Community policing also emphasizes problem-solving, specifically partnering with community members and organizations to both identify and develop solutions to local issues. The Strategic Plan was designed to give bureaus and district stations guidelines to direct their work, while retaining enough flexibility to focus on issues that are particularly relevant to their neighborhoods. This allows community members to take an active role in building a vibrant community that they feel ownership in. As the department moves forward into a new era of policing, this plan will shape how policy is made, officers are trained, and SFPD members interact with their communities.
Just as modern policing requires law enforcement agencies to work closely with their communities, agencies must learn from each other as they strive for continuous improvement. Several important lessons emerged from this process that may be useful to those exploring how to build a community policing plan:
• Development of the plan must be a true partnership. Community policing necessitates that the community itself have a voice and so should officers of all ranks. Soliciting ideas from these groups separately will not yield the same results, and meetings in which one group or the other does not participate will be unproductive.
• Beginning the process by outlining desired outcomes from community policing will serve as a guide for the work. It is very difficult to define a process if the end goal is not articulated. For example, the metrics developed by the working group focus on the changes they would like to see, rather than specific actions they would like the SFPD to take. “Percentage of community members who feel heard”; “Percentage change in number of use of force incidents, by race/ethnicity”; and “Number of officers who say they have personal relationships with community members” are just a few of the 133 possible metrics they brainstormed.
• Diverse viewpoints (by demographics, geography, politics, background, opinion of the police, and more) are critical for creating a plan that can be accepted as legitimate by the community.
• Transparency and an open, accessible process are just as important as the resulting plan in earning the community’s trust; the act alone of creating a community policing plan is not enough. The community members involved in creating the plan should provide input about how to make the process as inviting and available as possible.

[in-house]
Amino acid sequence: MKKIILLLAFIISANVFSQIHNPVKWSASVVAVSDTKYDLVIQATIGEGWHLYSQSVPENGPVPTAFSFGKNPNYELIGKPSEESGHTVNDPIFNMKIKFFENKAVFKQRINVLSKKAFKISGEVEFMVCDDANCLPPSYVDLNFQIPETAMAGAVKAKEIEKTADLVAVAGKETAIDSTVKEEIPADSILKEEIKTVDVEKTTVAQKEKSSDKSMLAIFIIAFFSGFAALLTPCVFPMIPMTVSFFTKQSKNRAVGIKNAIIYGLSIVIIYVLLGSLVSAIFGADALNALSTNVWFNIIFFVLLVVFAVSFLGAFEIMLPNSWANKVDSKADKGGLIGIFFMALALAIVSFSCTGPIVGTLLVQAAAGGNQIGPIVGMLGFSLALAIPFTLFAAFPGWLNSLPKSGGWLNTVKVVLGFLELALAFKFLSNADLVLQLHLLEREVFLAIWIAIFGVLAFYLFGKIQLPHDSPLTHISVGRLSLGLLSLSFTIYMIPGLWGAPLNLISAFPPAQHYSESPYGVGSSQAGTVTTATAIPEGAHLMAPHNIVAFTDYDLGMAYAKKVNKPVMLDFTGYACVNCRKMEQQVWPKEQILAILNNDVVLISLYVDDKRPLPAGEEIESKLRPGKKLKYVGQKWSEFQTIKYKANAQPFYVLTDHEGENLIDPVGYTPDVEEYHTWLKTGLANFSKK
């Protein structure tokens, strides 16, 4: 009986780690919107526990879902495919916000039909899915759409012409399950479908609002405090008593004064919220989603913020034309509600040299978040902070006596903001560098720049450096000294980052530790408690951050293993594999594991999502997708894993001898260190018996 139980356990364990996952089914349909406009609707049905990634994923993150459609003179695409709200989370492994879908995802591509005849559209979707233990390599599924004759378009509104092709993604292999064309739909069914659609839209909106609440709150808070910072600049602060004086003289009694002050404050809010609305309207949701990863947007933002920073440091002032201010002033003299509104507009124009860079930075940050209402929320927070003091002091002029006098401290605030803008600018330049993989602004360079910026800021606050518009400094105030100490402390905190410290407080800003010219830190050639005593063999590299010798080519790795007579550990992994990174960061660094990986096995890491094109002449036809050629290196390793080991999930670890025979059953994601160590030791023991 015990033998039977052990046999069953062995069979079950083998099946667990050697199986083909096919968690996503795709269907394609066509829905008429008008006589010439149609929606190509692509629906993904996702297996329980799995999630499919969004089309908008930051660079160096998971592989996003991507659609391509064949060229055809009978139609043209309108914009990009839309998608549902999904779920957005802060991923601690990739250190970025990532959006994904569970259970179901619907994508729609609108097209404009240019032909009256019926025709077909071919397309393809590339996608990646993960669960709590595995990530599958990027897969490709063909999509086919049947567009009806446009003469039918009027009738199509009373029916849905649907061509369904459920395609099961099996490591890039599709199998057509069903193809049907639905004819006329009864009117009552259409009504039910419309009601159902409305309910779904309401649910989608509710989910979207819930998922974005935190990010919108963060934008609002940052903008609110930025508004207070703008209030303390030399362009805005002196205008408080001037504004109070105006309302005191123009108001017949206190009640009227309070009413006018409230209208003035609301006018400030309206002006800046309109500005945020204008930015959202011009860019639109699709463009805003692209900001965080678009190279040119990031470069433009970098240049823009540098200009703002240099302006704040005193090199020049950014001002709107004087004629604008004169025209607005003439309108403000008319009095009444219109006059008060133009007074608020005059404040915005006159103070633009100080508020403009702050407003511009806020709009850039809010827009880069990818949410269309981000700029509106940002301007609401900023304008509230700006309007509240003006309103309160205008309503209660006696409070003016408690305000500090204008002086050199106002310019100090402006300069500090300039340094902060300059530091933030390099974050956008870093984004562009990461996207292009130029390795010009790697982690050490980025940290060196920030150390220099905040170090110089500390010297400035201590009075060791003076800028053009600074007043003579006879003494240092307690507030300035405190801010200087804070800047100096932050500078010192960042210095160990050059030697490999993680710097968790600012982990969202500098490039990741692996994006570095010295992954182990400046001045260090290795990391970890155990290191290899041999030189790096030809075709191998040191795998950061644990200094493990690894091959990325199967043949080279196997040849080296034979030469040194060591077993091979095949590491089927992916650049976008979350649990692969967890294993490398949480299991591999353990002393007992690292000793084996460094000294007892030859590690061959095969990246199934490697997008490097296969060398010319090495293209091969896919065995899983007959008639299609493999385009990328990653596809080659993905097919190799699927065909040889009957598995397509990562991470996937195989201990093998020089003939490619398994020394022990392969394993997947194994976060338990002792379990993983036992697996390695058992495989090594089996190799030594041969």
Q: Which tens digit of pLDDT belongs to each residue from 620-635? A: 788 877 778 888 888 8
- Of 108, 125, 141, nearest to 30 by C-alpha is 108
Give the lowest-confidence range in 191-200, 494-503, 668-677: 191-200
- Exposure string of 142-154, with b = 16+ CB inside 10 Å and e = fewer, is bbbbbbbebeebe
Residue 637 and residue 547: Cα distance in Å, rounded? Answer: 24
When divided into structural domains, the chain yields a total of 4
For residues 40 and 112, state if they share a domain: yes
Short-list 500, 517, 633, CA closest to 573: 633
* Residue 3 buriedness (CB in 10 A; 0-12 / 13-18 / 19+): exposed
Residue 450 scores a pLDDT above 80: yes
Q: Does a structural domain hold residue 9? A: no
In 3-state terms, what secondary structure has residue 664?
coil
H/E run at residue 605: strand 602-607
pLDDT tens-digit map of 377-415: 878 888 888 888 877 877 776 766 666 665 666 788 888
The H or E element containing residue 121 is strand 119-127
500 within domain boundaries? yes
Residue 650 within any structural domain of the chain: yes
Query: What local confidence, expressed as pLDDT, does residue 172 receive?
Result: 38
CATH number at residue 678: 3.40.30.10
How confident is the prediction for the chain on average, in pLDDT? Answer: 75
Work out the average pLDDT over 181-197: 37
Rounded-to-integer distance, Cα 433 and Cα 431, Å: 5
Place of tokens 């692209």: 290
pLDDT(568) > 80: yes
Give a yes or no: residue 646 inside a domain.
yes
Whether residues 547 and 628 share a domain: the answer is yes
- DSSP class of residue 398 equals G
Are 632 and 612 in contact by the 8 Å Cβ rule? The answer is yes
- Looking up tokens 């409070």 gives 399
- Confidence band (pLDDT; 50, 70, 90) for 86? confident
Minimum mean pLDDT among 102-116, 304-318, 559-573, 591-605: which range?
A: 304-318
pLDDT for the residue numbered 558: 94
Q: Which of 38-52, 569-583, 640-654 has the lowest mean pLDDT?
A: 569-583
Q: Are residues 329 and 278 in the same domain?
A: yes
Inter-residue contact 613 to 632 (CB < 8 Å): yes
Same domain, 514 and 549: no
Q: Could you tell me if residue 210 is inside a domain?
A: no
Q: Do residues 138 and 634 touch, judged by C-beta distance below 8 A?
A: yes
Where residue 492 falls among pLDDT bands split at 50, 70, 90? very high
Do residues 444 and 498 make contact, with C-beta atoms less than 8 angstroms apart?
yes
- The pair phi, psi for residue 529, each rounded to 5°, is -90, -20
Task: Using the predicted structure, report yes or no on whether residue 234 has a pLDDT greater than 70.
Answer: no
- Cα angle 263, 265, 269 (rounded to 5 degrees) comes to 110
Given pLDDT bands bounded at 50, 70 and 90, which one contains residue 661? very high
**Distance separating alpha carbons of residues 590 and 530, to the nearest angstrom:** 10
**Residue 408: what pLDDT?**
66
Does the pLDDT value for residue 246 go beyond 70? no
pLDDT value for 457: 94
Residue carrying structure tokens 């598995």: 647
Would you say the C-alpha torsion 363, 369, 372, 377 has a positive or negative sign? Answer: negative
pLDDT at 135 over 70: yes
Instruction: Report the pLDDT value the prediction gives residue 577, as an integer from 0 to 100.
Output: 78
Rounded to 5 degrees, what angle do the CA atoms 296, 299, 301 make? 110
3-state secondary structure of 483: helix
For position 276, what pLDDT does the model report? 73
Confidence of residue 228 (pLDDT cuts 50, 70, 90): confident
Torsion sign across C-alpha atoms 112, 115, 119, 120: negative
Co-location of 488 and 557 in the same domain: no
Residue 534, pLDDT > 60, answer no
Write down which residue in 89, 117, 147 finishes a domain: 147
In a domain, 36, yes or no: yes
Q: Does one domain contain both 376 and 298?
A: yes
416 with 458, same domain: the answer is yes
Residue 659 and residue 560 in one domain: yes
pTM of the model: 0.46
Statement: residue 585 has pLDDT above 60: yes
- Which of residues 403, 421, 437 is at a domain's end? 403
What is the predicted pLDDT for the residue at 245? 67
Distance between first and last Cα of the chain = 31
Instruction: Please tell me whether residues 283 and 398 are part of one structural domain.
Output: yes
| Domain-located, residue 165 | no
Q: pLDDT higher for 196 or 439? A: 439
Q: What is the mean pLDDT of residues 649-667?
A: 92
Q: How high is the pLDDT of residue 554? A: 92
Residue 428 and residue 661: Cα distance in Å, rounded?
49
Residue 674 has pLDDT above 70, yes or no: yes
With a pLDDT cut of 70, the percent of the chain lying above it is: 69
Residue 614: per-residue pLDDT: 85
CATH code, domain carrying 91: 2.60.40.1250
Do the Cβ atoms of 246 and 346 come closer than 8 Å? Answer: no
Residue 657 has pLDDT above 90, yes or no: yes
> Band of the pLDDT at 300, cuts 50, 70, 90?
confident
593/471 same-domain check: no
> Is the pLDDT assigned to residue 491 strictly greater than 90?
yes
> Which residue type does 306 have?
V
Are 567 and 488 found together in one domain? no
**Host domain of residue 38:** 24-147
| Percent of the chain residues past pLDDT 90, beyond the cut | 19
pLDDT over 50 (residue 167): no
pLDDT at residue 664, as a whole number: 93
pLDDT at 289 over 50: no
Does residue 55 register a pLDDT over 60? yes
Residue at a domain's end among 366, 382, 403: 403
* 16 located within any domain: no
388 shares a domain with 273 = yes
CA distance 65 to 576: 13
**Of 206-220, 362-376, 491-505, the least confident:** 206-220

The SFPD used many community policing strategic plans as models in creating its own and is interested in sharing details of the process; lessons learned; and the final goals, objectives, metrics, and strategies with other departments that seek to progress with their own plans. Those interested in exploring any part of the process or using the outcomes to inform their own community policing work should reach out to the SFPD Community Engagement Division at email@example.com.
|William “Bill” Scott was appointed as the chief of police of the San Francisco Police Department in January 2017 after serving 27 years in the Los Angeles Police Department. While at the LAPD, he rose through the ranks to become deputy chief of LAPD’s South Bureau.Commander David Lazar has been a member of the San Francisco Police Department for more than 26 years. He has served in various capacities in the Patrol, Investigations, Special Operations, and Administration Bureaus. Commander Lazar served as a captain for 9 years and is currently the commander of the newly formed Community Engagement Division.|
1 Collaborative Reform Initiative, An Assessment of the San Francisco Police Department (Washington, DC: U.S. Department of Justice, Office of Community Oriented Policing Services, 2016), 105.
2 Office of Community Oriented Policing Services, Community Policing Defined (Washington, DC: U.S. Department of Justice, 2014), 1.
3 San Francisco Police Department, Community Policing and Problem Solving, 2007, 3.
4 Collaborative Reform Initiative, An Assessment of the San Francisco Police Department, 105.
5 Collaborative Reform Initiative, An Assessment of the San Francisco Police Department, 105.
Please cite as
William Scott and David Lazar, “Community Policing Strategic Plans,” Police Chief online, October 3, 2018.